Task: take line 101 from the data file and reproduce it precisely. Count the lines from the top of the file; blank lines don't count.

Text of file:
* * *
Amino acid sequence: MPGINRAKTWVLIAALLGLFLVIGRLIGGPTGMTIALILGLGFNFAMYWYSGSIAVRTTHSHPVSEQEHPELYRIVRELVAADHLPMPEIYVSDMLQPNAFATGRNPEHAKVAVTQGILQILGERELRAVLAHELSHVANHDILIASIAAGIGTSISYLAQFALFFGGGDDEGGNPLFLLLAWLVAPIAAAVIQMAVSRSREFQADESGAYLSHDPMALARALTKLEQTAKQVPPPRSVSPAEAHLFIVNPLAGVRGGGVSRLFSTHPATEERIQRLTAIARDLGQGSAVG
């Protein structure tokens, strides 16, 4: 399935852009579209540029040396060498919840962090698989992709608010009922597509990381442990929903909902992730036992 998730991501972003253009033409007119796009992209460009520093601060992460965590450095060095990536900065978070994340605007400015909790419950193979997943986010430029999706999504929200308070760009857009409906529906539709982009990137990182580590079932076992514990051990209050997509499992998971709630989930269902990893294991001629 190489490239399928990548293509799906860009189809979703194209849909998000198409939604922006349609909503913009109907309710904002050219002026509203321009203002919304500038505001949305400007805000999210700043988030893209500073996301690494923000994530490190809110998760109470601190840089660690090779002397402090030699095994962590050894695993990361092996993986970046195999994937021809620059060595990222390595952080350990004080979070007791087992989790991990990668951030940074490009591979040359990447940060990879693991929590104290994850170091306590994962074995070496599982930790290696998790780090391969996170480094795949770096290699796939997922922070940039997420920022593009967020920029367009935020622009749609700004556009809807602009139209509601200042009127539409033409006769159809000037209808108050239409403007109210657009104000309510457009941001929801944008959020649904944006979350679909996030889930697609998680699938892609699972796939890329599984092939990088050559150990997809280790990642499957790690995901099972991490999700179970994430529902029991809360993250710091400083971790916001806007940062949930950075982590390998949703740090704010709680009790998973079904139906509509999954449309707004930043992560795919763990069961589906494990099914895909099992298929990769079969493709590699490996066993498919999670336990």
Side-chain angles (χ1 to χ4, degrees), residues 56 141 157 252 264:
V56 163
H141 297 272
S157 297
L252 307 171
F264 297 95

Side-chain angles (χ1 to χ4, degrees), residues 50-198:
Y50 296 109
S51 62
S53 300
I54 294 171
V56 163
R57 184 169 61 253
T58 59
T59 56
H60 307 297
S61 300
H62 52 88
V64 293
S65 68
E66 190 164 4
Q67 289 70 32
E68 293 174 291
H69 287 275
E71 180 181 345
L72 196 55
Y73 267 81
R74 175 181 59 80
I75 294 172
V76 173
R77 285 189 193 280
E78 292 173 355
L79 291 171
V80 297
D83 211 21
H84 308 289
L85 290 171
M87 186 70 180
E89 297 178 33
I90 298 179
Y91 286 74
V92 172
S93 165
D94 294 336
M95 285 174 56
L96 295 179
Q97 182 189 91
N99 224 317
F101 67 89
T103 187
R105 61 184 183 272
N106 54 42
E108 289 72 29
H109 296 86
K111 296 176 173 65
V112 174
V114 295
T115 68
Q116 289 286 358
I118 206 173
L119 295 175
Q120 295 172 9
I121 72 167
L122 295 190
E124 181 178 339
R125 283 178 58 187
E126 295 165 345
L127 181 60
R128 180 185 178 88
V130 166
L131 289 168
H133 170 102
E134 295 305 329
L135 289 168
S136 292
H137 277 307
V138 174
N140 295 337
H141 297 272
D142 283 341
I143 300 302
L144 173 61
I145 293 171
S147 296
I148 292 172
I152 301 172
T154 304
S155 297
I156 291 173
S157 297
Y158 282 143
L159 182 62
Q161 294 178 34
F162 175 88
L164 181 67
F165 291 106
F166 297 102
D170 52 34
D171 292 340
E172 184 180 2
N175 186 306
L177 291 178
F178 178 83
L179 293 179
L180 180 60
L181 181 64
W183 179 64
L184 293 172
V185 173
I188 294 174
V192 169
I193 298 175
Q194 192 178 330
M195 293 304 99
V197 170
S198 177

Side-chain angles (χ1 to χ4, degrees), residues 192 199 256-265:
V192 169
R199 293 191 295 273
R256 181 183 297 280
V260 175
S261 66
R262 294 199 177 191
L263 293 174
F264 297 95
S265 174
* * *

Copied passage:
D171 292 340